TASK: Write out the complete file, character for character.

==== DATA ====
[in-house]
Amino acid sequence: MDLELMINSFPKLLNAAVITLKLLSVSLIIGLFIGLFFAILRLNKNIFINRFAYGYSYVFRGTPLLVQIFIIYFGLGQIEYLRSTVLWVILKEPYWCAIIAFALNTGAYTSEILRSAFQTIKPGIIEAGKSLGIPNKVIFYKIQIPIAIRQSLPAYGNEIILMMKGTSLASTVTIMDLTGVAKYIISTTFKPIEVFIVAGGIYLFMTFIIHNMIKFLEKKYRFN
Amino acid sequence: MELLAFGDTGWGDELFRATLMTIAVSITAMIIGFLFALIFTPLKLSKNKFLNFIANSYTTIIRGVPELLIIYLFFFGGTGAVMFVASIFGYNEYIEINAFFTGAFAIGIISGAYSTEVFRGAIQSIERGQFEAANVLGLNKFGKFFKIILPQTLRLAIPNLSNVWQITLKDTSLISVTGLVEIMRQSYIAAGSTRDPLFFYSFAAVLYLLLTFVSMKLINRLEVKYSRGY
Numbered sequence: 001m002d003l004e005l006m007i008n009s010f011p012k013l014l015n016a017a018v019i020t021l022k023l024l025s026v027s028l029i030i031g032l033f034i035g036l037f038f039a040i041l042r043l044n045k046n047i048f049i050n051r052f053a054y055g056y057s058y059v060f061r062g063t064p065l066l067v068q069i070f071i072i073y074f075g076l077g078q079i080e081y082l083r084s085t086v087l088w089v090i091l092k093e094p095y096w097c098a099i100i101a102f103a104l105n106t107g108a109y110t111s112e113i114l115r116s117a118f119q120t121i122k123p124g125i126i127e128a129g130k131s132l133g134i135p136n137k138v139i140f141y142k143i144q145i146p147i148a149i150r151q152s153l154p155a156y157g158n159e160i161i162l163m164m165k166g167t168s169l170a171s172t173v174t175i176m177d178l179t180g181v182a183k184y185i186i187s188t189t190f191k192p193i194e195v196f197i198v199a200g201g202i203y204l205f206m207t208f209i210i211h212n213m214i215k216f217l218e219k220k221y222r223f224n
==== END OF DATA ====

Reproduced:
[in-house]
Amino acid sequence: MDLELMINSFPKLLNAAVITLKLLSVSLIIGLFIGLFFAILRLNKNIFINRFAYGYSYVFRGTPLLVQIFIIYFGLGQIEYLRSTVLWVILKEPYWCAIIAFALNTGAYTSEILRSAFQTIKPGIIEAGKSLGIPNKVIFYKIQIPIAIRQSLPAYGNEIILMMKGTSLASTVTIMDLTGVAKYIISTTFKPIEVFIVAGGIYLFMTFIIHNMIKFLEKKYRFN
Amino acid sequence: MELLAFGDTGWGDELFRATLMTIAVSITAMIIGFLFALIFTPLKLSKNKFLNFIANSYTTIIRGVPELLIIYLFFFGGTGAVMFVASIFGYNEYIEINAFFTGAFAIGIISGAYSTEVFRGAIQSIERGQFEAANVLGLNKFGKFFKIILPQTLRLAIPNLSNVWQITLKDTSLISVTGLVEIMRQSYIAAGSTRDPLFFYSFAAVLYLLLTFVSMKLINRLEVKYSRGY
Numbered sequence: 001m002d003l004e005l006m007i008n009s010f011p012k013l014l015n016a017a018v019i020t021l022k023l024l025s026v027s028l029i030i031g032l033f034i035g036l037f038f039a040i041l042r043l044n045k046n047i048f049i050n051r052f053a054y055g056y057s058y059v060f061r062g063t064p065l066l067v068q069i070f071i072i073y074f075g076l077g078q079i080e081y082l083r084s085t086v087l088w089v090i091l092k093e094p095y096w097c098a099i100i101a102f103a104l105n106t107g108a109y110t111s112e113i114l115r116s117a118f119q120t121i122k123p124g125i126i127e128a129g130k131s132l133g134i135p136n137k138v139i140f141y142k143i144q145i146p147i148a149i150r151q152s153l154p155a156y157g158n159e160i161i162l163m164m165k166g167t168s169l170a171s172t173v174t175i176m177d178l179t180g181v182a183k184y185i186i187s188t189t190f191k192p193i194e195v196f197i198v199a200g201g202i203y204l205f206m207t208f209i210i211h212n213m214i215k216f217l218e219k220k221y222r223f224n